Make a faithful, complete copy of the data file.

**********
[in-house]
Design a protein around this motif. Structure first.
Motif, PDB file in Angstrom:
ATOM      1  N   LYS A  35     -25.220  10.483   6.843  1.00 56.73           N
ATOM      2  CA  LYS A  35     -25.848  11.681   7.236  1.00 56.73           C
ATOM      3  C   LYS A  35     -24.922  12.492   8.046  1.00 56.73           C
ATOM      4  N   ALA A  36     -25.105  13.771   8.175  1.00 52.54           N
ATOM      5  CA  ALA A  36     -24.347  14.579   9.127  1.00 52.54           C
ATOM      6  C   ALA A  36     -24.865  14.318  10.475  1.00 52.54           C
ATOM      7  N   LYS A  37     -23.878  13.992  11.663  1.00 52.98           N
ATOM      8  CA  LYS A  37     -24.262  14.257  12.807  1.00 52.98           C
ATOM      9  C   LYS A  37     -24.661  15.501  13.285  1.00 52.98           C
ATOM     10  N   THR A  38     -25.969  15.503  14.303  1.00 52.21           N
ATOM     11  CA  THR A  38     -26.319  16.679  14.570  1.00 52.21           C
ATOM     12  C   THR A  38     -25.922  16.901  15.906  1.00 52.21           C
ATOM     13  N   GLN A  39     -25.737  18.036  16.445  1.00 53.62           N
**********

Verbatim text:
[in-house]
Design a protein around this motif. Structure first.
Motif, PDB file in Angstrom:
ATOM      1  N   LYS A  35     -25.220  10.483   6.843  1.00 56.73           N
ATOM      2  CA  LYS A  35     -25.848  11.681   7.236  1.00 56.73           C
ATOM      3  C   LYS A  35     -24.922  12.492   8.046  1.00 56.73           C
ATOM      4  N   ALA A  36     -25.105  13.771   8.175  1.00 52.54           N
ATOM      5  CA  ALA A  36     -24.347  14.579   9.127  1.00 52.54           C
ATOM      6  C   ALA A  36     -24.865  14.318  10.475  1.00 52.54           C
ATOM      7  N   LYS A  37     -23.878  13.992  11.663  1.00 52.98           N
ATOM      8  CA  LYS A  37     -24.262  14.257  12.807  1.00 52.98           C
ATOM      9  C   LYS A  37     -24.661  15.501  13.285  1.00 52.98           C
ATOM     10  N   THR A  38     -25.969  15.503  14.303  1.00 52.21           N
ATOM     11  CA  THR A  38     -26.319  16.679  14.570  1.00 52.21           C
ATOM     12  C   THR A  38     -25.922  16.901  15.906  1.00 52.21           C
ATOM     13  N   GLN A  39     -25.737  18.036  16.445  1.00 53.62           N